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Link: linnaeus.c18.net/Letter/L0416 • Johann Amman to Carl Linnaeus, 29 November 1740 n.s.
Dated 18. Nov. 1740. Sent from St Petersburg (Russia) to Stockholm (Sweden). Written in Latin.

Viro clarissimo atque celeberrimo
CAROLO LINNAEO
S[alutem] pl[urimam]
Joannes Amman

Humanissimas d[ie] 16. Octobr[is] Holmia ad me datas literas prospere accepi.[1] Has perlegendo miratus statim sum, illas quas hoc anno ad Te exaravi in manus Tuas non pervenisse.[2] Celebri hujus urbis mercatori[3] ante plures menses exemplar tractatus mei de stirpibus rarioribus in Imperio Rutheno sponte provenientibus[4] tradidi Holmiam ad Te mittendum. Si et hoc quoque periit, quaeso quam proxime me certiorern facias. Ante aliquot septimanas literas etiam ad Te misi per tabellarios publicos[5] , in quibus plura de plantis rarioribus continentur. Te has accepisse nullus dubito.

Nunc ad ea accedo, de quibus in ultimis Tuis agis[2] , nempe ad dubia quaedam & desiderata circa plantas nonnullas in tractatu meo descriptas & recensitas.[4] Incipiam ab Argusia Mess. Floruit praeterita aestate in horto AcademicoImperatorskaja akademija nauk,
Imperial Academy of Sciences

Russian. Imperial Academy of Sciences of
St Petersburg, founded in 1725. Its
publications are Commentarii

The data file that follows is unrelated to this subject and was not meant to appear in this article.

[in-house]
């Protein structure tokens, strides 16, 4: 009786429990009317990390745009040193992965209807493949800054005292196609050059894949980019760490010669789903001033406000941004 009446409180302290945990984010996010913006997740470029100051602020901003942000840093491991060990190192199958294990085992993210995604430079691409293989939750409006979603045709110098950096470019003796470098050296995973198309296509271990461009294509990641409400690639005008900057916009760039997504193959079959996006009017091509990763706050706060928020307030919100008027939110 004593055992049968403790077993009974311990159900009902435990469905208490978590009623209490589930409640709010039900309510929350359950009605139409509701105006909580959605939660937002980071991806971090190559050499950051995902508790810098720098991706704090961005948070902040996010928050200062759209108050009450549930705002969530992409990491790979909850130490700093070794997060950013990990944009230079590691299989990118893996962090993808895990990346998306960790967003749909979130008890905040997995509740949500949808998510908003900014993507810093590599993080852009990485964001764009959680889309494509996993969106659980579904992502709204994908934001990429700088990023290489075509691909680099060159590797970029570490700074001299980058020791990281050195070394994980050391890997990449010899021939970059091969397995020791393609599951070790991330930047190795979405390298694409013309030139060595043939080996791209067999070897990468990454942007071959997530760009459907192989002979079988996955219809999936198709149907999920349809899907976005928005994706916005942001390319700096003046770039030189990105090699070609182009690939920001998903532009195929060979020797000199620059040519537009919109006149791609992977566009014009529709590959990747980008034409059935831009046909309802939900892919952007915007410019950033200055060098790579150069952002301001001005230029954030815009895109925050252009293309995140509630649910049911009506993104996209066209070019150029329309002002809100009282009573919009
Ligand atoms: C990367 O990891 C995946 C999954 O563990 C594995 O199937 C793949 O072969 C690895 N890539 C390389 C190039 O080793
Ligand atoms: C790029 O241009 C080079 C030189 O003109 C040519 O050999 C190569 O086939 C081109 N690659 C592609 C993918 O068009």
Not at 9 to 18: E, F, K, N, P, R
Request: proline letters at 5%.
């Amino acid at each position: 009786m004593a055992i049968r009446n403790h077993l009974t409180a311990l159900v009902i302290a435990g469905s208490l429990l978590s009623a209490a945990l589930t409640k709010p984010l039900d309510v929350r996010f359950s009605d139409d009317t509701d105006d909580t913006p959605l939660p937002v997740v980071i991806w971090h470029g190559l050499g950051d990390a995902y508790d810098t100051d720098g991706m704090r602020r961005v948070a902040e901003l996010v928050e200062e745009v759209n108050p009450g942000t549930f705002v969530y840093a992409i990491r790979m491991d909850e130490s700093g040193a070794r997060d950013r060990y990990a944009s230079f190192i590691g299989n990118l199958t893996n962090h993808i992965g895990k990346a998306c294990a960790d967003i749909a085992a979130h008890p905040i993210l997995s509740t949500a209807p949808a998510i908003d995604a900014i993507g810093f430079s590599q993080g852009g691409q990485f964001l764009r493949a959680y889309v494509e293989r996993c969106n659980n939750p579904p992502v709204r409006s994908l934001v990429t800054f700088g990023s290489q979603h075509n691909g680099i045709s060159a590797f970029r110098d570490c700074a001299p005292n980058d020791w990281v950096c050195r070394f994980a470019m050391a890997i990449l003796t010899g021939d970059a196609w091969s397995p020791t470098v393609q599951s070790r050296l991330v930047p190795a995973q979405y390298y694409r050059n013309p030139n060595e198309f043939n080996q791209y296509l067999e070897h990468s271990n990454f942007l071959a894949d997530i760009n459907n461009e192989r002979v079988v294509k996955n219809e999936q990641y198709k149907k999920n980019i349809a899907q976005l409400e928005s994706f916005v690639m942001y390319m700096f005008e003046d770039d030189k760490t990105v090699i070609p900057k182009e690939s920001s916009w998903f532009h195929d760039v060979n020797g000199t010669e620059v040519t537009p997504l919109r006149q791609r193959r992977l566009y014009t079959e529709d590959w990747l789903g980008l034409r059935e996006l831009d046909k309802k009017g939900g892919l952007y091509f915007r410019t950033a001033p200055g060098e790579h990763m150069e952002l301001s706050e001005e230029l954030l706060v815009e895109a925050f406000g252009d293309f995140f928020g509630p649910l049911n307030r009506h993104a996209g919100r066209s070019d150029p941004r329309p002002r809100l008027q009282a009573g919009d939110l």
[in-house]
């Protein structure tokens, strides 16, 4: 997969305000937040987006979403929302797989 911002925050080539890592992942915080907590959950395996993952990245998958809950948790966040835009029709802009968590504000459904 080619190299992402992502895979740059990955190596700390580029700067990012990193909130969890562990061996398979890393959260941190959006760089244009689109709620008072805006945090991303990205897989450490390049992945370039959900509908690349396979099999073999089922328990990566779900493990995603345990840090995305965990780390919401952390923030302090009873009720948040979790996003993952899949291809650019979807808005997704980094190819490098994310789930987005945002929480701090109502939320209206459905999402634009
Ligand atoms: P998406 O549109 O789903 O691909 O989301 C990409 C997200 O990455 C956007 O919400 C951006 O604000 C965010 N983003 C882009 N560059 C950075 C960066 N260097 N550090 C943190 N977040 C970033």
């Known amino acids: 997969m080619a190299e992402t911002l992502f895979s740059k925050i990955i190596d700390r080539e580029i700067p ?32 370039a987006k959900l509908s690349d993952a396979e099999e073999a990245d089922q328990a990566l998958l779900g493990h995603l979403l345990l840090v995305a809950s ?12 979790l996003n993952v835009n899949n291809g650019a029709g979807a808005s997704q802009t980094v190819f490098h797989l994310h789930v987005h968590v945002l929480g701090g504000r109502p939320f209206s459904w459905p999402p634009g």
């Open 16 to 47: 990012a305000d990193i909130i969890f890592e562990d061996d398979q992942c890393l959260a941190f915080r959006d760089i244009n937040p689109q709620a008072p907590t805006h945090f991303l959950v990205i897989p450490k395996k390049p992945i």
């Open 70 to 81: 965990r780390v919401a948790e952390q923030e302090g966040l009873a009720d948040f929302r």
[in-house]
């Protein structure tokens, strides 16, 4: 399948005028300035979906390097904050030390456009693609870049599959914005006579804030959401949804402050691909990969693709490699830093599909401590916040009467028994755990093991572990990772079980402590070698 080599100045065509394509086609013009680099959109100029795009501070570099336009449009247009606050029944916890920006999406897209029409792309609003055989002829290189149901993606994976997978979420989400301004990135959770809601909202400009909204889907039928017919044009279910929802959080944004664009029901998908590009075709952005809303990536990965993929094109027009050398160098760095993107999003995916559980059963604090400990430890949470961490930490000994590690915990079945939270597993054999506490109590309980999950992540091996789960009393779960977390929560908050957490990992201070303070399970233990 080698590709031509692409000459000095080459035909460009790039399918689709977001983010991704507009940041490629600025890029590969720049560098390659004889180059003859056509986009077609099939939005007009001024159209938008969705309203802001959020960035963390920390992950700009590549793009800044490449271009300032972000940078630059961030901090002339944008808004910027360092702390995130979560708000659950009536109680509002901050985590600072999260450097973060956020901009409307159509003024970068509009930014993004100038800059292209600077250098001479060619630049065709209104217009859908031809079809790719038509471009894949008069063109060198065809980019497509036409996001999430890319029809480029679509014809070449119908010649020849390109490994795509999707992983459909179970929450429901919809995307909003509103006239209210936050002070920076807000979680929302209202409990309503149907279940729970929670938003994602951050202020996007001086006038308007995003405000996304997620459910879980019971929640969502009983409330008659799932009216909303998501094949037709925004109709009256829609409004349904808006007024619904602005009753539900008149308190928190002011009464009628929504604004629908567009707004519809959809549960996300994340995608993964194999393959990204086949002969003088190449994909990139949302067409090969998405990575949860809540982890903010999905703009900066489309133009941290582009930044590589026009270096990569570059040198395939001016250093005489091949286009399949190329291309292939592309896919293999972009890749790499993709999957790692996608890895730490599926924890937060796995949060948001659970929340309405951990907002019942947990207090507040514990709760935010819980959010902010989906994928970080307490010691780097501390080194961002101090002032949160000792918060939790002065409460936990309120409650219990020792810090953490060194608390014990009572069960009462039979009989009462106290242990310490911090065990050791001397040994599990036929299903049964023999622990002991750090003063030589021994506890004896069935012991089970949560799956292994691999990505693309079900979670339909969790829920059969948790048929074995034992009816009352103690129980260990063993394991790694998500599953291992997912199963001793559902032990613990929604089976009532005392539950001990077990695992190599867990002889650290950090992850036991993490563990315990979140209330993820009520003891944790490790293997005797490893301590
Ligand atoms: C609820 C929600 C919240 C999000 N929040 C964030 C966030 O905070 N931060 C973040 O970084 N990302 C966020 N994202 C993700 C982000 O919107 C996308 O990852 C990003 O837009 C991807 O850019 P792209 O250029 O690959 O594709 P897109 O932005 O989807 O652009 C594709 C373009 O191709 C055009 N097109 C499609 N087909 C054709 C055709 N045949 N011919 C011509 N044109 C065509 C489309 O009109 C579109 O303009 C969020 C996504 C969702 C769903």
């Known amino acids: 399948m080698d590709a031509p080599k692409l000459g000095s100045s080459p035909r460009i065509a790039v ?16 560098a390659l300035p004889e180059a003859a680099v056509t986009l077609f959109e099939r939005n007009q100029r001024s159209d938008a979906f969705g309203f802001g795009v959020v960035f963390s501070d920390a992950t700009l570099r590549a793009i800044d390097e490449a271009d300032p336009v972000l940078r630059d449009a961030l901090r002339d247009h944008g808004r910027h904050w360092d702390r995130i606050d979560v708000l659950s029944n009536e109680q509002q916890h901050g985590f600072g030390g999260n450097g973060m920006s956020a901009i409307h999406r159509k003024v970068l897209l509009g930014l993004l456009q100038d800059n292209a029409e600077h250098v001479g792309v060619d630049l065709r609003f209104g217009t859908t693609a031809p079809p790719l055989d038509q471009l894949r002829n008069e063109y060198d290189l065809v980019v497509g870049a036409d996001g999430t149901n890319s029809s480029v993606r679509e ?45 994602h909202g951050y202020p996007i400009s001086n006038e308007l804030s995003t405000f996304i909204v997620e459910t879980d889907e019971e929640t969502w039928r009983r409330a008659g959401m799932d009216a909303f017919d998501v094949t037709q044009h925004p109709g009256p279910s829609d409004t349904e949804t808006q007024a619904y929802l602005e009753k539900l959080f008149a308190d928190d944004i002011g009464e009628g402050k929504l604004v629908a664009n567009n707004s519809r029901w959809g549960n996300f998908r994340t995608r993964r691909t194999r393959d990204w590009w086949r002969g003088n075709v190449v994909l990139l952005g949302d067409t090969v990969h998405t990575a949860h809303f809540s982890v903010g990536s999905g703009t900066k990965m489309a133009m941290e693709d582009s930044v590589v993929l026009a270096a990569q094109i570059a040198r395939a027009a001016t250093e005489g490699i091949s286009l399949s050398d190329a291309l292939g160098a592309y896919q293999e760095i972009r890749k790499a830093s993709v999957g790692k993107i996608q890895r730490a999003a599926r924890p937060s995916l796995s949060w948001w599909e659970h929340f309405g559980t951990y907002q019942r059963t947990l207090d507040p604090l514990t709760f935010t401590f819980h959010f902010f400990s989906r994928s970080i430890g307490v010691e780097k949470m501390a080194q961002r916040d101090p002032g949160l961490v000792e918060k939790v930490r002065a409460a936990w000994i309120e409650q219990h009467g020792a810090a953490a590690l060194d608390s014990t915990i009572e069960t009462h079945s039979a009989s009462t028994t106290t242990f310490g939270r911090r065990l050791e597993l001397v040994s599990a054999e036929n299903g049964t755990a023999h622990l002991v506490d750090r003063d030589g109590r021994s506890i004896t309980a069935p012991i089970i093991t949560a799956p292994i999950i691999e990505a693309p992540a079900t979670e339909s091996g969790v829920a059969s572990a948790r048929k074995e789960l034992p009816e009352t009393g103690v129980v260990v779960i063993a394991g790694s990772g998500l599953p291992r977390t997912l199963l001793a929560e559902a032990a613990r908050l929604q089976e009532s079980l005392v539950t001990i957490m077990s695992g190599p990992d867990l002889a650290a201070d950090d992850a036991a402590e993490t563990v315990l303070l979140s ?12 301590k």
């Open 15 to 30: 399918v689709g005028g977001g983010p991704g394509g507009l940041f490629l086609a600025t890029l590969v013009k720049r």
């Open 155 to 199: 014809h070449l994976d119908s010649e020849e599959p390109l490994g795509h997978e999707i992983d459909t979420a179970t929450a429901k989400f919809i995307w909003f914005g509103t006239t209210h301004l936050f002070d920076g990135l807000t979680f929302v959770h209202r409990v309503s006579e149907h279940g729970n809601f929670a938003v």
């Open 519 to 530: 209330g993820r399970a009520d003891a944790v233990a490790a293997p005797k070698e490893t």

Academiae Scientiarum Imperialis
Petropolitanae
, 1-14 (1726 -
1744/1746 [i.e. pub. 1728 - 1751]) and
Novi Commentarii Academiae
Scientiarum Imperialis
Petropolitanae
, 1-20 (1747/1748 -
1775 [i.e. pub. 1750 - 1776]).
pulchra & singularis haec planta. Nosse desideras ejus stamina, stylum & stigmata. Haec autem ita se habent. Stylus vel pistillum, ut cum Tournefortio loquar, conicum est, breve, crassum, intra florem delitescens, calyci innatum, stigmate valde crasso, fere haemisphaerico praeditum. Stamina sunt quinque ut plurimum, subinde & sex, brevissima, fundo floris arcte adnata, apices albos, lineam fere longos bifidosque gerentia, qui farinam fundunt albissimam, totam fere floris partem inferiorem replentem. Corolla alba est, monopetala, inferne tubulata, superne in quinque segmenta patentia acuta & aequalia dissecta, marginibus eorum undulatis. Calyx parvus est, monophyllus, in quinque etiam segmenta valde angusta fissus. Reperies hujus plantae exemplar inter herbas siccatas, quas simul cum hac epistola ad Te mitto.